Lisa Zaslow is a guest blogger and the views expressed herein are her own and do not necessarily represent the views of Shared Interest Society.
Lisa is a passionate fair trade and microfinance activist currently living in North Carolina, USA. She is the founder of Blue People Fair Trade Ltd., an online store that specializes in fair trade and environmentally friendly accessories from all over the world. If you would like to be a guest blogger, please contact us with your interest.
I was in a shop getting bagels the other day when I asked for my daily cup of Fairtrade coffee. The guy behind me said, “I read that fair trade isn’t doing the coffee farmers any good”. I asked him what he meant, and he said that fair trade wasn’t “fair” and was hardly a fraction of the coffee trade so, “why bother?”
I find this often in the US; most people either don’t understand what fair trade is or they confuse it with “free” trade–so “why bother?”
Coffee is one of the most important commodities in the world. It is produced and exported by nearly 60 nations, is one of the top cash crops and is critical to the economies of several developing countries. In some developing nations, producers receive only USD$0.30 per pound of coffee when export prices are over three times higher. In one African nation, producers earn an average of only USD$0.09 per pound. Nearly all coffee sold in North America is imported from developing countries. The North American coffee market accounts for over one quarter of global coffee imports in value (27 percent in 2005), and the United States is the world’s single largest buyer of coffee.
Coffee is also by far the most important Fairtrade product. The Fairtrade Labelling Organization International (FLO) indicates that sales of certified Fairtrade coffee worldwide were up by 53% in 2006. Nearly half of this volume was sold in North America. TransFairUSA calculates that Fairtrade coffee represents just 3 percent of the US retail market. The FLO Standard is a guarantee of a Fairtrade Minimum (or floor price) that is based on the estimated cost of sustainable production. The minimum price ranges from USD$1.01 to USD$1.21 per pound depending on the type of coffee and the country of origin. There is also an additional USD$0.10 per pound which is a premium paid to cooperatives for use at the community level for social and economic investments. When the coffee is certified organic, an extra premium of USD$0.20 per pound is also paid.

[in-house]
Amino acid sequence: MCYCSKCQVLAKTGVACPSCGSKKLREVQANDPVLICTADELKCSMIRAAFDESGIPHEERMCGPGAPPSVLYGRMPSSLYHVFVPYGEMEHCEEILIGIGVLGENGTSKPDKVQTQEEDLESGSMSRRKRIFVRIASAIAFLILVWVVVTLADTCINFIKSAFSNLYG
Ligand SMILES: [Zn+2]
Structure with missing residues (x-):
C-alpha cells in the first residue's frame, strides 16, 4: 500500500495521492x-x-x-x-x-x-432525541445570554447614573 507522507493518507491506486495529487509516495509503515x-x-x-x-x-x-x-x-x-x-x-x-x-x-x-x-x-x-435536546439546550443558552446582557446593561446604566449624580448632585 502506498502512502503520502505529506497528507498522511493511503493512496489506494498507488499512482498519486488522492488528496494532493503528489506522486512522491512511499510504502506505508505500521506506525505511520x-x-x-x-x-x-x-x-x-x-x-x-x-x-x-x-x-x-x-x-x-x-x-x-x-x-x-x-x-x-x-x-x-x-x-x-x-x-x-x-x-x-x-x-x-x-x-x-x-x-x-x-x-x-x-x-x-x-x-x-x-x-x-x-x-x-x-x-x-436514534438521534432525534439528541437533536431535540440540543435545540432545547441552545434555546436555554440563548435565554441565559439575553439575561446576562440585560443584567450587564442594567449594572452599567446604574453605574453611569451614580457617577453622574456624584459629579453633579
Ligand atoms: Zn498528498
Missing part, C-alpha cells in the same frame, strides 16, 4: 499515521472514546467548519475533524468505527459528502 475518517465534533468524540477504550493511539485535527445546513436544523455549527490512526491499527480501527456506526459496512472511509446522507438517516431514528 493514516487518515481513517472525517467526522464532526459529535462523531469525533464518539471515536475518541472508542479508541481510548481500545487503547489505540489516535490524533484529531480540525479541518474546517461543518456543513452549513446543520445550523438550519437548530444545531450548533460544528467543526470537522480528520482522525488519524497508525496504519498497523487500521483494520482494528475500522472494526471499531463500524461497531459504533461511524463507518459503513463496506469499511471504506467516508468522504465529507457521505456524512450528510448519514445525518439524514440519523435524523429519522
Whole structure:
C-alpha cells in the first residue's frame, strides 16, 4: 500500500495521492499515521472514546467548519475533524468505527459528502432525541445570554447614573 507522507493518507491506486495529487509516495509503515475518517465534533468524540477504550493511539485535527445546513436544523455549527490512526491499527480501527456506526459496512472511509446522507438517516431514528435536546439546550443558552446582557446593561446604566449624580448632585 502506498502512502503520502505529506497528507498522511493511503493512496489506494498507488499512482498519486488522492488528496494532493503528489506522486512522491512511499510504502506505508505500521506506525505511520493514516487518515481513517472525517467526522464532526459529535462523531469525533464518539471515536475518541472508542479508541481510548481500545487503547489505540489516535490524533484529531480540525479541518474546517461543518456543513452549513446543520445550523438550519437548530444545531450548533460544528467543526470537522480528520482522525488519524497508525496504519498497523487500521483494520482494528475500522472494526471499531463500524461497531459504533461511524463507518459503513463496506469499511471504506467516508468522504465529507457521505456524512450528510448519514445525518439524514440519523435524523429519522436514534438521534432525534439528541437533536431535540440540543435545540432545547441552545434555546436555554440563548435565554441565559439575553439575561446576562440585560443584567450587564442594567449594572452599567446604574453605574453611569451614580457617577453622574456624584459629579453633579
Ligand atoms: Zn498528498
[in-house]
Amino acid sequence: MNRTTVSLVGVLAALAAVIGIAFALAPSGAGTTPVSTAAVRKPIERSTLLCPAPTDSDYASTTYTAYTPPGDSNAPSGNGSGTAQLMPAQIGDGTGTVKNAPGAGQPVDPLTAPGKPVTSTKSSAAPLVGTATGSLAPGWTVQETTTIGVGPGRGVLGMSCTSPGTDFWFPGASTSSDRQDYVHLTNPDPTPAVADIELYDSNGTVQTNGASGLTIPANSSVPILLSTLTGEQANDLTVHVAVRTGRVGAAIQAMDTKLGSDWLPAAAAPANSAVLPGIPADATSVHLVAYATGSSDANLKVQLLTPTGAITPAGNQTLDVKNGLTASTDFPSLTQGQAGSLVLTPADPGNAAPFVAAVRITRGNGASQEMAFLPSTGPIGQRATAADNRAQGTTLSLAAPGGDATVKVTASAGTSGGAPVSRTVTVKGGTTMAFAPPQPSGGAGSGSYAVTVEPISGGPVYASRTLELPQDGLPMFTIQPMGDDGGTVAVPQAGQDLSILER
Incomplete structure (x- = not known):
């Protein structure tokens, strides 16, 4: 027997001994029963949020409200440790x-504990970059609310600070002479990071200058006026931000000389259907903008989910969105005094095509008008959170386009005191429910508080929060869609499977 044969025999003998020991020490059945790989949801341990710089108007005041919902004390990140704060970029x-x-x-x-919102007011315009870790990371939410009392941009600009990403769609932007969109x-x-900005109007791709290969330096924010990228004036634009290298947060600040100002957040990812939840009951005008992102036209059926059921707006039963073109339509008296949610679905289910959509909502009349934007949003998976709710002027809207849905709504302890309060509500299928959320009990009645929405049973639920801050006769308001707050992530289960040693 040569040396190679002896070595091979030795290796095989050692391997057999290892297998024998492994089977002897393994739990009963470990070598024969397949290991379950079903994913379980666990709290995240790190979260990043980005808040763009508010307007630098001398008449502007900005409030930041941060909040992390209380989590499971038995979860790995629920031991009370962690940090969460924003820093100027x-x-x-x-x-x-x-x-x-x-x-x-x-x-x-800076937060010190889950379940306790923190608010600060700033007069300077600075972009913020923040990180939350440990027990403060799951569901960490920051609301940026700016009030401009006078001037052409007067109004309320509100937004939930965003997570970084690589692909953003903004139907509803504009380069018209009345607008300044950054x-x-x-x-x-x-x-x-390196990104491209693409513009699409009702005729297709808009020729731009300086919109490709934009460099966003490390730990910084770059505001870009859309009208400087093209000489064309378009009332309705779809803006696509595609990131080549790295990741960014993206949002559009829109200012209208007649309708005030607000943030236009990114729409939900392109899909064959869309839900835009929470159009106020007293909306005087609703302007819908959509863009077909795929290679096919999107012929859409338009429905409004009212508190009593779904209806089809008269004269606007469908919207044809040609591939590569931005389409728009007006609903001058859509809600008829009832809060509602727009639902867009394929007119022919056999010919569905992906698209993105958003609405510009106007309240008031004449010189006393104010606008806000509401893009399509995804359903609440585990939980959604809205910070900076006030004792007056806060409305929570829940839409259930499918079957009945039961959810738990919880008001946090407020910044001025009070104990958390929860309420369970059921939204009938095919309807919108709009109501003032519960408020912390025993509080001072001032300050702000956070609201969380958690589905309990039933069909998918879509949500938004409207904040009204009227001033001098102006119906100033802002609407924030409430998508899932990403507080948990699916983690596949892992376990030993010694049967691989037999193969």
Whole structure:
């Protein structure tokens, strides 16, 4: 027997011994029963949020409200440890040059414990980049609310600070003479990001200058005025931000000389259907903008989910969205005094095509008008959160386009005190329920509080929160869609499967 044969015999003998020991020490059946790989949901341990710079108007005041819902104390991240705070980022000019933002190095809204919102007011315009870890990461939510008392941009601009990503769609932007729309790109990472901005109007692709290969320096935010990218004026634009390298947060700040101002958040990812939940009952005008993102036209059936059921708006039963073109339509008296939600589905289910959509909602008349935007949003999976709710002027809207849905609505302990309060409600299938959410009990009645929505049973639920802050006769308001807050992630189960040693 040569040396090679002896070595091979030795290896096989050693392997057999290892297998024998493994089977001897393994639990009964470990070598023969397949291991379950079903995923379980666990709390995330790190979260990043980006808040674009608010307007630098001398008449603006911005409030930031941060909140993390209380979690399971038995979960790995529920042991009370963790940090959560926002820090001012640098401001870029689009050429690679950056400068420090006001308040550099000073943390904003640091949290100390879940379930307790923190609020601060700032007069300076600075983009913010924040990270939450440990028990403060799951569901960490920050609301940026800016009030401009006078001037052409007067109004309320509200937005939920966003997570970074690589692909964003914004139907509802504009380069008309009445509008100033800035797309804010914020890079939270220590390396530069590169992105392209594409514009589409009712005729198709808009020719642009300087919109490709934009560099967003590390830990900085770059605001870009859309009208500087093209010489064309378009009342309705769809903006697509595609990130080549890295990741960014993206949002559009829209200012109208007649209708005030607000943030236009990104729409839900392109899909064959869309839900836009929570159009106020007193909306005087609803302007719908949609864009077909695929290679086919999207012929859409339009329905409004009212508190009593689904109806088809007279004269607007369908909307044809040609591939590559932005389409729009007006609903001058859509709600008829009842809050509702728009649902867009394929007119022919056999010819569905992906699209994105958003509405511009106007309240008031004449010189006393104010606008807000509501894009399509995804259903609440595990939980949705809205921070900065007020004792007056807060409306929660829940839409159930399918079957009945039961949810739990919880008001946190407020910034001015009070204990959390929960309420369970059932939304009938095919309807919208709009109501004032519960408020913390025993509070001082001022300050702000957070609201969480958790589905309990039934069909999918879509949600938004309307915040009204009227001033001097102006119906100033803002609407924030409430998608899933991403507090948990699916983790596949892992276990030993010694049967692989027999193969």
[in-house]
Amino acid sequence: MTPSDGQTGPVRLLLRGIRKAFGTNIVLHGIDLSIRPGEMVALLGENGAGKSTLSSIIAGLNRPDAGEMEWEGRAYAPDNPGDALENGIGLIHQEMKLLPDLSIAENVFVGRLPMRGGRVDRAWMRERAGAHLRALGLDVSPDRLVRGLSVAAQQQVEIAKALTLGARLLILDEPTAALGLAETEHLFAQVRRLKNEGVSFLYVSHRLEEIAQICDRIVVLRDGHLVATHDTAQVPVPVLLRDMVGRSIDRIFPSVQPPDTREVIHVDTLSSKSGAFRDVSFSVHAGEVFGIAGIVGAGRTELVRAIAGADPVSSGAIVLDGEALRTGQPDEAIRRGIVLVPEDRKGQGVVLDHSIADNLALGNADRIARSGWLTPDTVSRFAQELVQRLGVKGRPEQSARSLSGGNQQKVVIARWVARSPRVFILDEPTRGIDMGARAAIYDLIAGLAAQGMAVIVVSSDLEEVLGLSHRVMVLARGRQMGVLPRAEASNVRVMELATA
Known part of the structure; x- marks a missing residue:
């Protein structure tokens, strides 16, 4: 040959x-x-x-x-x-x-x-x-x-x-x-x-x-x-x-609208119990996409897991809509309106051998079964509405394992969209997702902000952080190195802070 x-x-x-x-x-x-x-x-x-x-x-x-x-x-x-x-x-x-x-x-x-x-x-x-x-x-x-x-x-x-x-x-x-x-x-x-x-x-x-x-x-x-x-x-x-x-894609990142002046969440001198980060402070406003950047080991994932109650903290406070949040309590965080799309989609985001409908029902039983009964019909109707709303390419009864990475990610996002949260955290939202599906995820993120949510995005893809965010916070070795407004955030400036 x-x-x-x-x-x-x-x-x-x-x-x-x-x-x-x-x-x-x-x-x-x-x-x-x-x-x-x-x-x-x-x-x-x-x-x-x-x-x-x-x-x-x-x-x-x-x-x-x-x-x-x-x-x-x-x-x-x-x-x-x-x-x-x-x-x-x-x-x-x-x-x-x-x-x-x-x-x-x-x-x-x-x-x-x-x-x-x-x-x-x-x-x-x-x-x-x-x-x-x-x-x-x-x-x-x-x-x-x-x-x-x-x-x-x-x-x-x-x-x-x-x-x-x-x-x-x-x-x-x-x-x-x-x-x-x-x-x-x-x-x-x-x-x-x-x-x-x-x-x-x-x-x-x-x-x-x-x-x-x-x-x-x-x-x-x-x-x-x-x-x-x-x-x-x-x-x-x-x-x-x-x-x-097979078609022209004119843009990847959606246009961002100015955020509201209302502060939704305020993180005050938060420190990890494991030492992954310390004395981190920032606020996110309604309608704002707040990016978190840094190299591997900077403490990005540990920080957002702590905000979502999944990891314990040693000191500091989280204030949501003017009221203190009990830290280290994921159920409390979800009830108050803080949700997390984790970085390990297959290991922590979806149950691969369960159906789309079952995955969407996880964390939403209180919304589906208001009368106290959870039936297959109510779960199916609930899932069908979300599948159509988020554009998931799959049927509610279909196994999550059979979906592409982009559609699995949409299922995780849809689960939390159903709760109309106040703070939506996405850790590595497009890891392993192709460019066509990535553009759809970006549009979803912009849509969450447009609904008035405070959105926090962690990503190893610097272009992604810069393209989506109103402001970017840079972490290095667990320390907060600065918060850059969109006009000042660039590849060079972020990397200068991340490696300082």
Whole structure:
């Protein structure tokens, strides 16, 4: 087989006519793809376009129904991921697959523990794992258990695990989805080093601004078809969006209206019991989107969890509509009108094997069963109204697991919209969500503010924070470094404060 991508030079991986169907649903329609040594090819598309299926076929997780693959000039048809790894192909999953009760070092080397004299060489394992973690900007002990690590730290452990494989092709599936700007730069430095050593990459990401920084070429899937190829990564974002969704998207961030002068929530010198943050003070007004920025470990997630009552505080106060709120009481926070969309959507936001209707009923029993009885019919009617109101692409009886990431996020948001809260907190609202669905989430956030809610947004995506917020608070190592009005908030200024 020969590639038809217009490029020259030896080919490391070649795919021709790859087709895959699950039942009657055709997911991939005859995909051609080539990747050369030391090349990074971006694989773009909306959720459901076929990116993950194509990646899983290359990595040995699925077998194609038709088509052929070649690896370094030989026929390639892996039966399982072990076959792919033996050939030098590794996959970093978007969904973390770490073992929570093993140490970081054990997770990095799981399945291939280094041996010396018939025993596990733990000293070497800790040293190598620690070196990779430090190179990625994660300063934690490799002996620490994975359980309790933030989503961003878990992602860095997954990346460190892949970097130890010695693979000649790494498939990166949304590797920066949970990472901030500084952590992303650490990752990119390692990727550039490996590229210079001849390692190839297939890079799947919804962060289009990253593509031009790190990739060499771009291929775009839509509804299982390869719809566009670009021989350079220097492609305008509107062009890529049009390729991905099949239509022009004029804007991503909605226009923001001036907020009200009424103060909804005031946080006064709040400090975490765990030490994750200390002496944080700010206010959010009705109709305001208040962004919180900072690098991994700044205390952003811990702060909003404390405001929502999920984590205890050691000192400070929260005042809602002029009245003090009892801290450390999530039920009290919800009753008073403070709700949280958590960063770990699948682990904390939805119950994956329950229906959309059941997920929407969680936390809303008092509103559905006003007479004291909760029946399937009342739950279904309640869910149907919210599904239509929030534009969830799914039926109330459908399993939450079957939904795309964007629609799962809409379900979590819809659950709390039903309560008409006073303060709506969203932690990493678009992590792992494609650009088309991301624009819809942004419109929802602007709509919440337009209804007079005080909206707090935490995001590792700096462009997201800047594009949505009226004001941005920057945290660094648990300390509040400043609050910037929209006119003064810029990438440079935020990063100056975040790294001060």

More than 20 million families rely on coffee for their livelihood and between one and two million farms participate in special certification programs. Many are small-scale family farms that produce over 70 percent of the world’s coffee. FLO estimates that the fair trade system earned each farmer an extra USD$200 per year above what they would normally have made in the conventional market.
Oliva and her husband Joseph own and run their own certified organic coffee farm on the slopes of Mont Elgon in Uganda. They belong to their local Buginyanya Primary Co-operative Society, which has 690 members and is a member of the larger Gumutindo Coffee Co-operative, a group of six village co-operatives. Gumutindo (which means “excellent quality” in the local Lugisu language) started in 1998 as a joint project between Bugisu Co-operative Union (BCU) a group of 250 village co-operatives and TWIN Trading, a UK alternative trading organization that sources Fairtrade coffee for partners such as Cafedirect.
Fairtrade buyers pay premium prices for the high quality coffee produced by Gumutindo. The co-op receives a stable, guaranteed price of at least USD$1.25 per pound, plus a premium of USD$0.10. This gives farmers a sustainable return on their coffee and protects them from volatile fluctuations in the market. Market prices for Ugandan Arabica coffee have been under USD$0.80 for the last six years, which has allowed Gumutindo to pay higher prices to farmers. Gumutindo buys all the coffee its 3000 members produce and sells 99% of it to fairtrade buyers. It receives the guaranteed fairtrade price of USD$1.21 a pound, plus USD$0.05 fairtrade social premium and USD$0.15 organic premium. By knowing what price their coffee will bring, members are able to plan their finances and their lives.
There are around 90,000 coffee growers on Mount Elgon, but not all of these farmers belong to fairtrade co-ops. The farmers must carry their coffee to village trading posts where they are at the mercy of the traders who cheat them with rigged scales and low prices. These traders’ priority is quantity rather than quality. They mix good coffee with bad, ruining the reputation of coffee from the area and reducing the value in the market. Many of the farmers on Mount Elgon have seen the benefits of producing high quality coffee and want to join Gumutindo. Gumutindo hopes that market demand will continue to grow so that all coffee growers on the mountain will eventually become involved and benefit from fair trade.
So, when the guy behind you questions your choice in Fairtrade coffee, just smile and know that you are doing a coffee farmer somewhere in the developing world a world of good.
Click here to learn how you can invest in fair trade.
Click here to donate to the Shared Interest Foundation